Nucci et al. Mucinous endometrial epithelial proliferations: a morphologic spectrum of changes with diverse clinical significance. Mod Pathol. 1999;12:1137-42. Young et al. Uterine carcinomas simulating microglandular hyperplasia. A report of six cases. Am J Surg Pathol 1992;16:1092-7. Zaloudek et al. Microglandular adenocarcinoma of the endometrium: a form of mucinous adenocarcinoma that may be confused with microglandular hyperplasia of the cervix. Int J Gynecol Pathol. 1997;16:52-9.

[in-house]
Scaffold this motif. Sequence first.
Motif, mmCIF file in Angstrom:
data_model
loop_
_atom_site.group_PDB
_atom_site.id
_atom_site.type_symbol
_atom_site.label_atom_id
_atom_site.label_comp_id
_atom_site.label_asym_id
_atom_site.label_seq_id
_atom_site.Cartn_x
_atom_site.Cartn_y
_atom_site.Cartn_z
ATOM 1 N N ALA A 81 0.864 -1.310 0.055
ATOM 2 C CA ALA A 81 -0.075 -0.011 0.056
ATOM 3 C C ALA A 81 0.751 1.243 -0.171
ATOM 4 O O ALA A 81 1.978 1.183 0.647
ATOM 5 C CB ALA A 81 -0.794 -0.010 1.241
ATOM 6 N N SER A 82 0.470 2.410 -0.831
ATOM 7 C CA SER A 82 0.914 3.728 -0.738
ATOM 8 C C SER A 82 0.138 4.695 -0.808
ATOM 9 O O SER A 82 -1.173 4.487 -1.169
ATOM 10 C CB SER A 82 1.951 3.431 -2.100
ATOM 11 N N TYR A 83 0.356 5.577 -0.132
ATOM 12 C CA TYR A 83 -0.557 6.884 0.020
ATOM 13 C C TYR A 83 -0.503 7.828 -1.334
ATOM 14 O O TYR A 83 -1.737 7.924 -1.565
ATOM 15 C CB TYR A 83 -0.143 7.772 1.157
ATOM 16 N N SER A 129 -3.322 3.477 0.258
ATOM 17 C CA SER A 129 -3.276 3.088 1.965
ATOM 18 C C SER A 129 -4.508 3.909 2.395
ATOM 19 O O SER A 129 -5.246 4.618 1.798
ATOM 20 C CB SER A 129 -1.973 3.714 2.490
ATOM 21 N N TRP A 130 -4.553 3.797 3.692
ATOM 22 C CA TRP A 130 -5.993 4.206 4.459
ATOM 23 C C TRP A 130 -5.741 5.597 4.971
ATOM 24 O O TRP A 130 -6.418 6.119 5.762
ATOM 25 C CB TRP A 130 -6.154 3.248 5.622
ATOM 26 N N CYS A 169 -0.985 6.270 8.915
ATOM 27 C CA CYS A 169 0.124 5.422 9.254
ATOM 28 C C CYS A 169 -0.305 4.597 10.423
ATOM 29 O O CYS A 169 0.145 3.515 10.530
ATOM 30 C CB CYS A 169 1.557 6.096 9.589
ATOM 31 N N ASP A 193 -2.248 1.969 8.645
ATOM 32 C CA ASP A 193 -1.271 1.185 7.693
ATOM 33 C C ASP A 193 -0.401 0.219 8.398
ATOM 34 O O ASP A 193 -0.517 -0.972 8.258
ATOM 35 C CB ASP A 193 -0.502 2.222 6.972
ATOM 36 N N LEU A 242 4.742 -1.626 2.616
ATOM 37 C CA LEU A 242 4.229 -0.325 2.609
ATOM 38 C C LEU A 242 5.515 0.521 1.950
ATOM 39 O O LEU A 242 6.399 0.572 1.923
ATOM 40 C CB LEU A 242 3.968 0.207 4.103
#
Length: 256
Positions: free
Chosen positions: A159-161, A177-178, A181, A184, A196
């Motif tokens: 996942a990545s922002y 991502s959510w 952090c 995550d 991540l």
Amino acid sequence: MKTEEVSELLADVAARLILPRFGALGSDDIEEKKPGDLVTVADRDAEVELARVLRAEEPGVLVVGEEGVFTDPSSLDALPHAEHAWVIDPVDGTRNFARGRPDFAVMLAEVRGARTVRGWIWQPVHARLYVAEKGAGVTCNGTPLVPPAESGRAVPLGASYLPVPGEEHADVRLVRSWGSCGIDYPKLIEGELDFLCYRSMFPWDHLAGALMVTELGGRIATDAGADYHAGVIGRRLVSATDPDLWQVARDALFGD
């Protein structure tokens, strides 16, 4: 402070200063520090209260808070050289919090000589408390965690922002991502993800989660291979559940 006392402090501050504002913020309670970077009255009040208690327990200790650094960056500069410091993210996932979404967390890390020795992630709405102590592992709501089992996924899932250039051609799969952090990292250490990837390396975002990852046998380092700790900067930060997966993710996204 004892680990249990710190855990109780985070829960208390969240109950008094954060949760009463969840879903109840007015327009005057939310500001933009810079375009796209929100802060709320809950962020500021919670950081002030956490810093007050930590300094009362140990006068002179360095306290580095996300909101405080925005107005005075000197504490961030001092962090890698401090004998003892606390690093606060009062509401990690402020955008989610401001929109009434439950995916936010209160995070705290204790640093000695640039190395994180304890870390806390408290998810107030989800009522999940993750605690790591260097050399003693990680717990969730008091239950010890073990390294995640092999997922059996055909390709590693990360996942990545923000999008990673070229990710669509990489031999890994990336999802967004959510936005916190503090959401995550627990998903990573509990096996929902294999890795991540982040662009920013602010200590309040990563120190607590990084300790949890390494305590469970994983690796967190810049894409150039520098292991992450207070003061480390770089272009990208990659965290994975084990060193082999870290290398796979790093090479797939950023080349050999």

Residual Progestin-Treated Endometrioid Adenocarcinoma Context: Hysterectomy is the primary treatment for endometrial cancer, however, a subset of pre-menopausal patients who wish to preserve fertility may potentially delay hysterectomy by using high dose progestin treatment, delivered in any of a variety of methods including oral, intramuscular, vaginal delivery, or by progestin-coated intrauterine device (IUD). This strategy may potentially work in clinically stage IA, grade 1 endometrioid adenocarcinoma or atypical hyperplasia but not in any higher stage or grade tumor. The strategy works by suppression of the estrogen pathway via several mechanisms: down-regulation of estrogen receptors; increased conversion of estradiol to estrone, which is a weaker estrogen, and promotion of a secretory, non-mitotic state (Gressel et al. Int J Gynecol Ob; 2015; 131: 234). Successful progestin treatment (e.g. complete suppression of cancer or atypical hyperplasia) is defined as complete absence of any abnormal endometrial glandular architecture or atypical nuclear features on surveillance endometrial sampling. About 65% to 75% of appropriately selected patients may achieve complete suppression on progestin treatment . Those patients may then proceed with pregnancy plans and delay hysterectomy until afterwards (2016 NCCN Guidelines, www.nccg.org). Complete suppression does not equate to complete cure because most of these patients who ultimately elect for hysterectomy will be found to have atypical hyperplasia or cancer in the hysterectomy specimen; thus, the progestin-induced suppression is temporary (Gunderson et al; 2014). Overall, about 50% of patients achieve durable complete suppression. The time required to achieve complete suppression is difficult to define based on the literature but may take around 7 to 9 months (Wheeler et al 2007). In the interim, surveillance endometrial sampling is essential to this strategy. The 2016 NCCN Guidelines recommend surveillance sampling at 3 to 6 month intervals (www.nccn.org) . The purpose of surveillance is to determine if there is a progressive reduction in the extent of cancer or atypical hyperplasia, compared to the prior sampling. If so, then this suggests that there is response to the progestin treatment strategy and justifies continuation of progestin-treatment and further surveillance sampling. However, if there is progression at any point, then hysterectomy should be considered. Similarly, if there is no response by approximately 7 to 9 months, then this approach is unlikely to be successful (Wheeler et al 2007) and hysterectomy should be considered. Morphologic Findings: Progestin-therapy causes changes in the non-neoplastic endometrium and in the neoplastic endometrium. The non-neoplastic endometrium shows features similar to those in patients on long term oral contraception: glandular atrophy and stromal pseudo-decidualization. The neoplastic endometrium, if responsive, may show reduction in gland complexity, gland cellularity, nuclear grade, mitotic activity, and nucleoli. The tumor cells may acquire eosinophilic cytoplasm and produce luminal secretions. Squamous differentiation may also be prominent. Therefore, partially-treated cancer or atypical hyperplasia may not exhibit features that fulfill conventional diagnostic criteria. The presence of any degree of abnormal gland architecture (crowding, cribriform or papillary growth) or abnormal nuclei (nucleoli, enlargement) should be interpreted as residual partially suppressed neoplasm. Immunohistochemistry is usually not necessary for evaluation of these types of specimens but it is known that partially suppressed cancer will exhibit decrease in Ki-67 index and decrease in estrogen receptors (ER) and/or progesterone receptors (PR) (Zaino et al, 2014). There are no pathologic predictors of response of atypical hyperplasia / grade 1 endometrioid adenocarcinoma to progestin therapy. The degree of pre-treatment immunohistochemical expression of ER or PR does not appear to be associated with response to progestin therapy. The pathology report of surveillance samples should document findings in both the non-neoplastic endometrium and the state of the neoplastic lesion, relative to the most recent sampling in terms of quantity and quality. Therefore, it is important to review the slides of the pre-treatment endometrial sampling and any surveillance samplings in the interim. If the findings fulfill standard criteria for cancer or atypical hyperplasia then the report should document those diagnoses as such. Example diagnosis: 1. Residual grade 1 endometrioid adenocarcinoma. 2. Glandular atrophy and stromal, pseudo-decidualization, consistent with progestin treatment.